Chicago to offer $12.5 million in prepaid gas and transit cards to low-income residents

Chicago Mayor Lori Lightfoot announced Thursday a city program that will provide $12.5 million worth of "transportation relief" to low-income residents in an effort to combat rising gas prices.

Chicago Moves, to be offered in partnership with Fifth Third Bank and Onbe, aims to "help combat spiking costs of gas and rising inflation by providing $12.5 million in relief funding for disadvantaged Chicagoans," according to Lightfoot's office.

The program, which will be accessible via a lottery system with applications opening on April 27, will provide the city's lower income residents with 50,000 prepaid gas cards worth $150 each, as well as 100,000 prepaid cards for public transit worth $50 each.


"The last two years have been exceedingly difficult for many of our residents, in particular our most vulnerable populations," Lightfoot said in a statement. "Through the pandemic, we have collectively faced tragedy, and many among us have faced accompanying economic hardship. Now, as inflation steadily rises and the cost of gas continues to soar, our disadvantaged residents are carrying a significant financial burden."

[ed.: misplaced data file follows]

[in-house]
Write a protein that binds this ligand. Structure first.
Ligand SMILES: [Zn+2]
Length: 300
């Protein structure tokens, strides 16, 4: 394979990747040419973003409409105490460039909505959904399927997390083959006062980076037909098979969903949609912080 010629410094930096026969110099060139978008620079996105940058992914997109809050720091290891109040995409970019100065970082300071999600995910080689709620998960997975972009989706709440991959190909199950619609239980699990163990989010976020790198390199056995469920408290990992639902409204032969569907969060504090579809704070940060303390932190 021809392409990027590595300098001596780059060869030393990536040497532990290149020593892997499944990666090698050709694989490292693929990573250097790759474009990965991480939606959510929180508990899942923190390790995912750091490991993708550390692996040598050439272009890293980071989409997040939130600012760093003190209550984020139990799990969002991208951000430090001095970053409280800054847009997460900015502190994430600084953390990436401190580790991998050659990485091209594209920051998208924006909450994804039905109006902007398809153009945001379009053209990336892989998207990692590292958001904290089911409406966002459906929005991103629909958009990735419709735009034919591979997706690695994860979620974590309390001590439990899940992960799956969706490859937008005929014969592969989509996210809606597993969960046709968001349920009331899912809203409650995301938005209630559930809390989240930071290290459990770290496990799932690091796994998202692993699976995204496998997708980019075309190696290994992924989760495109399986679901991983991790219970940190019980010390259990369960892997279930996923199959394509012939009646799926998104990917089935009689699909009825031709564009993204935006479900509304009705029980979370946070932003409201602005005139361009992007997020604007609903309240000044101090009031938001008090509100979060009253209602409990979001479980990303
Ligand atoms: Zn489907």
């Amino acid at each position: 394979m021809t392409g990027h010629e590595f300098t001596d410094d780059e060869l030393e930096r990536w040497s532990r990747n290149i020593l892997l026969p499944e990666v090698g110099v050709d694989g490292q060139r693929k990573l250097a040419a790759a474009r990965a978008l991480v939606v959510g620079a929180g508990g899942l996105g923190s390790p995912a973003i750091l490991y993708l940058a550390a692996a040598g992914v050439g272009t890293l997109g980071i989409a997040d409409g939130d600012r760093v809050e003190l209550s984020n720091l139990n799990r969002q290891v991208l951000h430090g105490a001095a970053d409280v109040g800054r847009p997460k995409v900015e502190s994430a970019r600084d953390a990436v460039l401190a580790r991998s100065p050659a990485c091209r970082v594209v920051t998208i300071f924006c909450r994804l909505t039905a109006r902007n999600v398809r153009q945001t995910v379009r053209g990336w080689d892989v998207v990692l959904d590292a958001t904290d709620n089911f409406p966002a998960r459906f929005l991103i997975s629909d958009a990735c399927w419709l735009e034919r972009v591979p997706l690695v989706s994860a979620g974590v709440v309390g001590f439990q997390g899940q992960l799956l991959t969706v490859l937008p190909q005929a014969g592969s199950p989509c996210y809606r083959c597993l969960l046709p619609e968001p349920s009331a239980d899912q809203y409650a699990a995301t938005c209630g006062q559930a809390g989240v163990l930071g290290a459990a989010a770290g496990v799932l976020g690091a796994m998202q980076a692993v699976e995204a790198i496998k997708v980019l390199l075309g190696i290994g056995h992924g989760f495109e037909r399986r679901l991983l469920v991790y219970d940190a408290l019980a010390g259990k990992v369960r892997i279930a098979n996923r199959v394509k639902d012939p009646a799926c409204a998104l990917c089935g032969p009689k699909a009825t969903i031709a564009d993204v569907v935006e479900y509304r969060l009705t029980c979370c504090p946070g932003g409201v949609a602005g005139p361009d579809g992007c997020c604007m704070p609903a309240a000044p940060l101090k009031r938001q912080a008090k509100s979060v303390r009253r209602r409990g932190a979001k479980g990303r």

Jordan Hawken pumps gasoline into her vehicle at the BP gas station at Wabash Avenue and Roosevelt Road in Chicago, Illinois on March 8, 2022. (Antonio Perez/Chicago Tribune/Tribune News Service via Getty Images)

Lightfoot said the program "endeavors to provide much-needed relief and ease some of this pain" associated with rising costs.

"By subsidizing the cost of gas and transit, this program will enable participants to save their resources for other critical expenses," she said. "Chicago is a city that moves. People have to be able to get to work, school, places of worship, medical offices, and grocery stores. The goal of this program is to help make those moves easier."

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Fifth Third Bank and Onbe, a payment issuing platform, are providing the physical prepaid cards and payment processing for the program with no transaction fees, Lightfoot's office said.

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